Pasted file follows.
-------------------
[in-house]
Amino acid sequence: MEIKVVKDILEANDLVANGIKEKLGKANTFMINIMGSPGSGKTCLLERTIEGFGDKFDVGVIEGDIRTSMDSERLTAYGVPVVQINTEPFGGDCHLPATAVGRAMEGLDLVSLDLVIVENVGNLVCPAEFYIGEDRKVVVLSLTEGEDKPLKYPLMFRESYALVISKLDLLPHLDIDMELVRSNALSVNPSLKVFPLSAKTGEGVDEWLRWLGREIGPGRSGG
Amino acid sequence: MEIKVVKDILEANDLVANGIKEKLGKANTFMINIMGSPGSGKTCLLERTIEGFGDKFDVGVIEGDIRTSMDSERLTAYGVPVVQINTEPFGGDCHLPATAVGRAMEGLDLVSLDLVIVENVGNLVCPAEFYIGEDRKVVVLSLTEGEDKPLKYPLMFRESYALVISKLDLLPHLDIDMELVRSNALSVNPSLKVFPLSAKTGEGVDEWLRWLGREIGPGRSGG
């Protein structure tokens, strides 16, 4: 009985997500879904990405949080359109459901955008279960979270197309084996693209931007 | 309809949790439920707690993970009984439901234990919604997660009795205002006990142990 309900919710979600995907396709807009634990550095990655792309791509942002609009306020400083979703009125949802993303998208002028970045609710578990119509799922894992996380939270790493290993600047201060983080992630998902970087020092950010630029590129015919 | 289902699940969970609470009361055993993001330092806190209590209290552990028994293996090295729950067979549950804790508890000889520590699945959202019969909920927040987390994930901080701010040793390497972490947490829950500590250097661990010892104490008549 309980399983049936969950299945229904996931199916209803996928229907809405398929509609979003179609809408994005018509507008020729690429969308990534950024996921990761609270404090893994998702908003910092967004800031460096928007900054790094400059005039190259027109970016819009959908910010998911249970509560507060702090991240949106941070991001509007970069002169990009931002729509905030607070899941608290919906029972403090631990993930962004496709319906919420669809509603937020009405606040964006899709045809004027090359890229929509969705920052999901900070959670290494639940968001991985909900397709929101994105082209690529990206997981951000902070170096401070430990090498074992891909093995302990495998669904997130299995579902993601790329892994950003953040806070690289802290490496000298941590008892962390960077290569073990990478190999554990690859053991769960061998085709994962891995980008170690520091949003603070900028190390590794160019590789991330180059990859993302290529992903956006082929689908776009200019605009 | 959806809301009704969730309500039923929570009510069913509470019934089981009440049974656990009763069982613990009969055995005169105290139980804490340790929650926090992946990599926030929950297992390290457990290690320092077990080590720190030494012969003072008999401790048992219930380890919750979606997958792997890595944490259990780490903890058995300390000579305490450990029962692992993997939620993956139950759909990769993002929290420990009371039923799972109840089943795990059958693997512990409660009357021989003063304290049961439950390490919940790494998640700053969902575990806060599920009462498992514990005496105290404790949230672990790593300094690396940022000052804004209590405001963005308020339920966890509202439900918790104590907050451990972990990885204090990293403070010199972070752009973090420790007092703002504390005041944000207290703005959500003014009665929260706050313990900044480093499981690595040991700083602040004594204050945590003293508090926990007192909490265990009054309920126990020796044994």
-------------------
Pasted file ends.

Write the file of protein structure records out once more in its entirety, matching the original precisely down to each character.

[in-house]
Amino acid sequence: MEIKVVKDILEANDLVANGIKEKLGKANTFMINIMGSPGSGKTCLLERTIEGFGDKFDVGVIEGDIRTSMDSERLTAYGVPVVQINTEPFGGDCHLPATAVGRAMEGLDLVSLDLVIVENVGNLVCPAEFYIGEDRKVVVLSLTEGEDKPLKYPLMFRESYALVISKLDLLPHLDIDMELVRSNALSVNPSLKVFPLSAKTGEGVDEWLRWLGREIGPGRSGG
Amino acid sequence: MEIKVVKDILEANDLVANGIKEKLGKANTFMINIMGSPGSGKTCLLERTIEGFGDKFDVGVIEGDIRTSMDSERLTAYGVPVVQINTEPFGGDCHLPATAVGRAMEGLDLVSLDLVIVENVGNLVCPAEFYIGEDRKVVVLSLTEGEDKPLKYPLMFRESYALVISKLDLLPHLDIDMELVRSNALSVNPSLKVFPLSAKTGEGVDEWLRWLGREIGPGRSGG
């Protein structure tokens, strides 16, 4: 009985997500879904990405949080359109459901955008279960979270197309084996693209931007 | 309809949790439920707690993970009984439901234990919604997660009795205002006990142990 309900919710979600995907396709807009634990550095990655792309791509942002609009306020400083979703009125949802993303998208002028970045609710578990119509799922894992996380939270790493290993600047201060983080992630998902970087020092950010630029590129015919 | 289902699940969970609470009361055993993001330092806190209590209290552990028994293996090295729950067979549950804790508890000889520590699945959202019969909920927040987390994930901080701010040793390497972490947490829950500590250097661990010892104490008549 309980399983049936969950299945229904996931199916209803996928229907809405398929509609979003179609809408994005018509507008020729690429969308990534950024996921990761609270404090893994998702908003910092967004800031460096928007900054790094400059005039190259027109970016819009959908910010998911249970509560507060702090991240949106941070991001509007970069002169990009931002729509905030607070899941608290919906029972403090631990993930962004496709319906919420669809509603937020009405606040964006899709045809004027090359890229929509969705920052999901900070959670290494639940968001991985909900397709929101994105082209690529990206997981951000902070170096401070430990090498074992891909093995302990495998669904997130299995579902993601790329892994950003953040806070690289802290490496000298941590008892962390960077290569073990990478190999554990690859053991769960061998085709994962891995980008170690520091949003603070900028190390590794160019590789991330180059990859993302290529992903956006082929689908776009200019605009 | 959806809301009704969730309500039923929570009510069913509470019934089981009440049974656990009763069982613990009969055995005169105290139980804490340790929650926090992946990599926030929950297992390290457990290690320092077990080590720190030494012969003072008999401790048992219930380890919750979606997958792997890595944490259990780490903890058995300390000579305490450990029962692992993997939620993956139950759909990769993002929290420990009371039923799972109840089943795990059958693997512990409660009357021989003063304290049961439950390490919940790494998640700053969902575990806060599920009462498992514990005496105290404790949230672990790593300094690396940022000052804004209590405001963005308020339920966890509202439900918790104590907050451990972990990885204090990293403070010199972070752009973090420790007092703002504390005041944000207290703005959500003014009665929260706050313990900044480093499981690595040991700083602040004594204050945590003293508090926990007192909490265990009054309920126990020796044994």